Min­istry plans rules to curb PPP mis­use

China Daily (Canada) - - VIEWS - By CHEN JIA chen­jia@chi­nadaily.com.cn

Steps to pre­vent debt risks and ex­ploita­tion of fis­cal funds by lo­cal gov­ern­ments

The Min­istry of Fi­nance is ex­pected to come out with de­tailed reg­u­la­tions for pub­lic­part­ner­ship projects to curb po­ten­tial debt risks and pre­vent the mis­use of fis­cal funds by lo­cal gov­ern­ments, of­fi­cials said on Wed­nes­day.

The new reg­u­la­tions would also lead to tighter man­age­ment of the cap­i­tal sources for PPP projects, pre­vent high­lever­aged bor­row­ing us­ing gov­ern­ment ex­pen­di­ture as col­lat­eral and ex­ces­sive com­mer­cial bank lend­ing to pri­vate par­ties, said Wang Yi, di­rec­tor of the fi­nance depart­ment at the min­istry.

The min­istry plans to close some ir­reg­u­lar projects, es­pe­cially those that “rely on gov­ern­ment ex­pen­di­ture” or do not sup­ply pub­lic goods, after a re-eval­u­a­tion process, even if they have been al­ready ap­proved, he said dur­ing a fo­rum for PPP in­vest­ment in Shang­hai.

Vice-Min­is­ter of Fi­nance Shi Yaobin said at the same fo­rum that the reg­u­la­tion should be strength­ened to clar­ify the scope of the PPP projects and to re­ject any “fake” ones that are truly com­mer­cial-ori­ented or un­qual­i­fied.

“The key is to con­trol the cor­po­rate lever­ag­ing level and closely watch the risks aris­ing from the off-bal­ance sheet busi­ness,” said Shi, who sought bet­ter co­or­di­na­tion be­tween the var­i­ous gov­ern­ment de­part­ments to pre­vent fis­cal and fi­nan­cial risks.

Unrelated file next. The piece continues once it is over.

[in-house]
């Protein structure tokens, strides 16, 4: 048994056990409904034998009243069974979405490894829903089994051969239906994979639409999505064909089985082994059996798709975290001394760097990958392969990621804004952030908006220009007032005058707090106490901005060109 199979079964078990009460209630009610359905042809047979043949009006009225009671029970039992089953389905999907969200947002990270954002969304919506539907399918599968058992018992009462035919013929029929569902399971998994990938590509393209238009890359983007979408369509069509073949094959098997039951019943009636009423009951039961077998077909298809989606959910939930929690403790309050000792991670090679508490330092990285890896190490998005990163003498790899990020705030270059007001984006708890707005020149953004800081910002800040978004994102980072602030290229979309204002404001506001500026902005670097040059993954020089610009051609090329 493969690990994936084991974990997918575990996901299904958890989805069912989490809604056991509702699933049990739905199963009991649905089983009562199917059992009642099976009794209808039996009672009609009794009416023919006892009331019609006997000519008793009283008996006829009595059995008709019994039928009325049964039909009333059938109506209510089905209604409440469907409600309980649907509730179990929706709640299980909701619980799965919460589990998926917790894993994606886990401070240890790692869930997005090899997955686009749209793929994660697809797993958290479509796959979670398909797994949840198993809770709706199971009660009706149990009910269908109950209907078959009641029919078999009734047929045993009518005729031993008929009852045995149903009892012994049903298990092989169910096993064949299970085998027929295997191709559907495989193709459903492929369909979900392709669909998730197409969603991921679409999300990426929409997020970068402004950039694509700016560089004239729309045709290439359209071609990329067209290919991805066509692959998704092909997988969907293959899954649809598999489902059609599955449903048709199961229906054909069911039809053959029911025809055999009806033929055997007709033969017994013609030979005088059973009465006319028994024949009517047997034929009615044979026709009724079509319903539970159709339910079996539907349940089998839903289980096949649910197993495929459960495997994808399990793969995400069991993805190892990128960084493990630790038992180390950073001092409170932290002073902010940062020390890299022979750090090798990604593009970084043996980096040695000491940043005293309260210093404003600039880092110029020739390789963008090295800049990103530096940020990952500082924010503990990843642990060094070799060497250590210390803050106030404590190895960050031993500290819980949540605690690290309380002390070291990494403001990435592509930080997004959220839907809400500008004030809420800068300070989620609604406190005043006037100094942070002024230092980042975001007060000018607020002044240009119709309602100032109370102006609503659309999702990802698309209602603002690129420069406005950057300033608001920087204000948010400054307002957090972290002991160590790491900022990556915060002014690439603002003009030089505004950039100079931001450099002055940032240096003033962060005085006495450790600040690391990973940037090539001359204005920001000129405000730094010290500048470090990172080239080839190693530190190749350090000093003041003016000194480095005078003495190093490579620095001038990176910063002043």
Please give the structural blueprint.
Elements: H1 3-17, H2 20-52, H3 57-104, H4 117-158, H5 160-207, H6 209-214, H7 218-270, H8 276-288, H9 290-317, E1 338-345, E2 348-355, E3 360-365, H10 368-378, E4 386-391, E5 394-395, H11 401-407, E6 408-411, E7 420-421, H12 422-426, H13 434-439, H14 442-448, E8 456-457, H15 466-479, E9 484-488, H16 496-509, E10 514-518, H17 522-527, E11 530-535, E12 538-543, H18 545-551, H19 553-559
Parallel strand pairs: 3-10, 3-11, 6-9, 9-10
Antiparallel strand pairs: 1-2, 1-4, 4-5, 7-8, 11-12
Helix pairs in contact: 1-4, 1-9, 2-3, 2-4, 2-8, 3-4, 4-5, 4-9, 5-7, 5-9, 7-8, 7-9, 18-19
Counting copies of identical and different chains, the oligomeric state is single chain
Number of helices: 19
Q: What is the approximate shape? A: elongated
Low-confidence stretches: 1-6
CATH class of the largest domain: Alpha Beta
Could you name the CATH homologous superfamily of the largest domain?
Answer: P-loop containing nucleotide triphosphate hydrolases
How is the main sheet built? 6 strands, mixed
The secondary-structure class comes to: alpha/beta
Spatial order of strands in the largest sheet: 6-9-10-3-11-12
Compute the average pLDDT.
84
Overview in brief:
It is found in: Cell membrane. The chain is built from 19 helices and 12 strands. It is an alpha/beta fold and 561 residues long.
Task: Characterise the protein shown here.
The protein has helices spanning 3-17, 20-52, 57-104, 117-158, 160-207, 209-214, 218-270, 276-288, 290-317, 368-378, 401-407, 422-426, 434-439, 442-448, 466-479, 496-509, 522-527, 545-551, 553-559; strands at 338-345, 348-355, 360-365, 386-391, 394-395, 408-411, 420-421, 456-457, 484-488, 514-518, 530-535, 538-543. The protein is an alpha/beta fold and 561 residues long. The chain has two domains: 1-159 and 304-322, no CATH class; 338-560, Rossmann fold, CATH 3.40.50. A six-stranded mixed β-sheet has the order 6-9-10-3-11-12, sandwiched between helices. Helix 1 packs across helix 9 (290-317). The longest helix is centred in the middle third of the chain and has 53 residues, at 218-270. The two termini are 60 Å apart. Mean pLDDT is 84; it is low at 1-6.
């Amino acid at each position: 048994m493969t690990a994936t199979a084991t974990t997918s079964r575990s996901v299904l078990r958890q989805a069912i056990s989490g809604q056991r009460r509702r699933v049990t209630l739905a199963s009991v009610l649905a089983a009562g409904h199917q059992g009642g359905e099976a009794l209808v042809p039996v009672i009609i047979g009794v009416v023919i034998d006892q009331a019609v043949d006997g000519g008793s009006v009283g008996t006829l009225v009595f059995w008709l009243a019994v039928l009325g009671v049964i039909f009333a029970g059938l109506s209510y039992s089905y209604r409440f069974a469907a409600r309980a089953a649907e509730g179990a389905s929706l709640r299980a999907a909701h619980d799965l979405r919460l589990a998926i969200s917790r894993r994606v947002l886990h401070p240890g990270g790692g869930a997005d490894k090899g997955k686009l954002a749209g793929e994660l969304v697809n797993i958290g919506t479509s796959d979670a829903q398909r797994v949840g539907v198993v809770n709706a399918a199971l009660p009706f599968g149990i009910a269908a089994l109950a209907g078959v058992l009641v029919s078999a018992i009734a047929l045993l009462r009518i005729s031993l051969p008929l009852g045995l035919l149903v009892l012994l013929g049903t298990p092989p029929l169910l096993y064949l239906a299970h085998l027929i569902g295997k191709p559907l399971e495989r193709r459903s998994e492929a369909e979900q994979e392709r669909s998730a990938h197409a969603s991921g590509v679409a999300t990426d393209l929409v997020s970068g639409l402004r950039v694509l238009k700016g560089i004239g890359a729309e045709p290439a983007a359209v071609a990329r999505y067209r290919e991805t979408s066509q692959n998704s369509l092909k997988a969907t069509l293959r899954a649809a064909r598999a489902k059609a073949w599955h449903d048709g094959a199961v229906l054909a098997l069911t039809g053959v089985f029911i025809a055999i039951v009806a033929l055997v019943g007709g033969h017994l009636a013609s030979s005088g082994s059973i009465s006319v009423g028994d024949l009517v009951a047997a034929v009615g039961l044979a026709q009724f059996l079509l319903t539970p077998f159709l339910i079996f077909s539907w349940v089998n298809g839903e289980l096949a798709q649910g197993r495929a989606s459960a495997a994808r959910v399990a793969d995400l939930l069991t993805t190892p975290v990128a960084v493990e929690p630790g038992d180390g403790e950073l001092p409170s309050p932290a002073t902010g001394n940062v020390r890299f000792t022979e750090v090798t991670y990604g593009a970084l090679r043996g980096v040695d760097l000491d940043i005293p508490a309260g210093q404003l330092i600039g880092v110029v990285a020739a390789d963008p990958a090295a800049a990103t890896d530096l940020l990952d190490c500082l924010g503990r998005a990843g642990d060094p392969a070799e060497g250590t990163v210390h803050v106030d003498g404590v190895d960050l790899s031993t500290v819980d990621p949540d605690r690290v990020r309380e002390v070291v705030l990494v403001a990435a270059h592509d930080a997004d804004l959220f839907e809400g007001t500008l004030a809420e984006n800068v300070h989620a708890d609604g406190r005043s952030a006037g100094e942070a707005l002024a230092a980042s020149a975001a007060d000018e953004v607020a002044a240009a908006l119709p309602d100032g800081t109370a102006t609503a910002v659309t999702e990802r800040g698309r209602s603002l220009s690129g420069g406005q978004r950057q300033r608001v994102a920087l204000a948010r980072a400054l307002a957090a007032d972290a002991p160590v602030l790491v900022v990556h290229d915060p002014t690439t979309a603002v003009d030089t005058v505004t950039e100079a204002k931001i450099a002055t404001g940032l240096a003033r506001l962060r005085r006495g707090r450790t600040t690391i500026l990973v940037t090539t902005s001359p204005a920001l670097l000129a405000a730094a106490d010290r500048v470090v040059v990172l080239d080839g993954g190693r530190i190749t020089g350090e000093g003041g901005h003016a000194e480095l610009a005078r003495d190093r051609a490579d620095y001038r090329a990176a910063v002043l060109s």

Ac­cord­ing to Shi, some lo­cal gov­ern­ments have used the PPP schemes as a cover to make ex­ces­sive bor­row­ings from banks. Such ac­tions will in­crease the debt of lo­cal gov­ern­ments and fuel po­ten­tial sys­tem­atic fi­nan­cial risks.

By the end of Septem­ber this year, 6,778 PPP projects have en­tered the de­vel­op­ment phase, with a to­tal in­vest­ment amount of 10.1 tril­lion yuan ($ 1.52 tril­lion), mak­ing China the world’s largest PPP mar­ket, ac­cord­ing to of­fi­cial data.

In April 2015, the min­istry in­tro­duced a guide­line say­ing that lo­cal gov­ern­ments’ in­vest­ment in PPP projects should be no more than 10 per­cent of their to­tal ex­pen­di­ture for pro­vid­ing gen­eral pub­lic ser­vices. The aim of the guide­line was to tame the in­vest­ment im­plo­sion.

“The 10 per­cent line is the bot­tom which should never be bro­ken,” Shi said.

Draft reg­u­la­tions for PPP projects in­volv­ing in­fra­struc­ture con­struc­tion and pub­lic ser­vices were pub­lished in July for pub­lic opinion. The guide­lines were drafted by the Leg­isla­tive Af­fairs Of­fice of State Coun­cil, the National De­vel­op­ment and Re­form Com­mis­sion and the Min­istry of Fi­nance.

“So far, some ba­sic is­sues are still un­der dis­cus­sion,” in­clud­ing how to iden­tify the part­ner­ship be­tween the pub­lic and pri­vate sec­tors and how var­i­ous gov­ern­ment de­part­ments can co­op­er­ate in the su­per­vi­sion work, said Zhou Jin­song, deputy head of the Treaty and Laws Depart­ment of the Min­istry of Fi­nance.

Cao Fuguo, a pro­fes­sor with the Cen­tral Univer­sity of Fi­nance and Eco­nomics, sug­gested that a mar­ket-ori­ented mech­a­nism was nec­es­sary to eval­u­ate the risks and re­turns of the projects, in­clud­ing en­cour­ag­ing par­tic­i­pa­tion of third-party fi­nan­cial ser­vice in­sti­tu­tions and credit rat­ings agen­cies.

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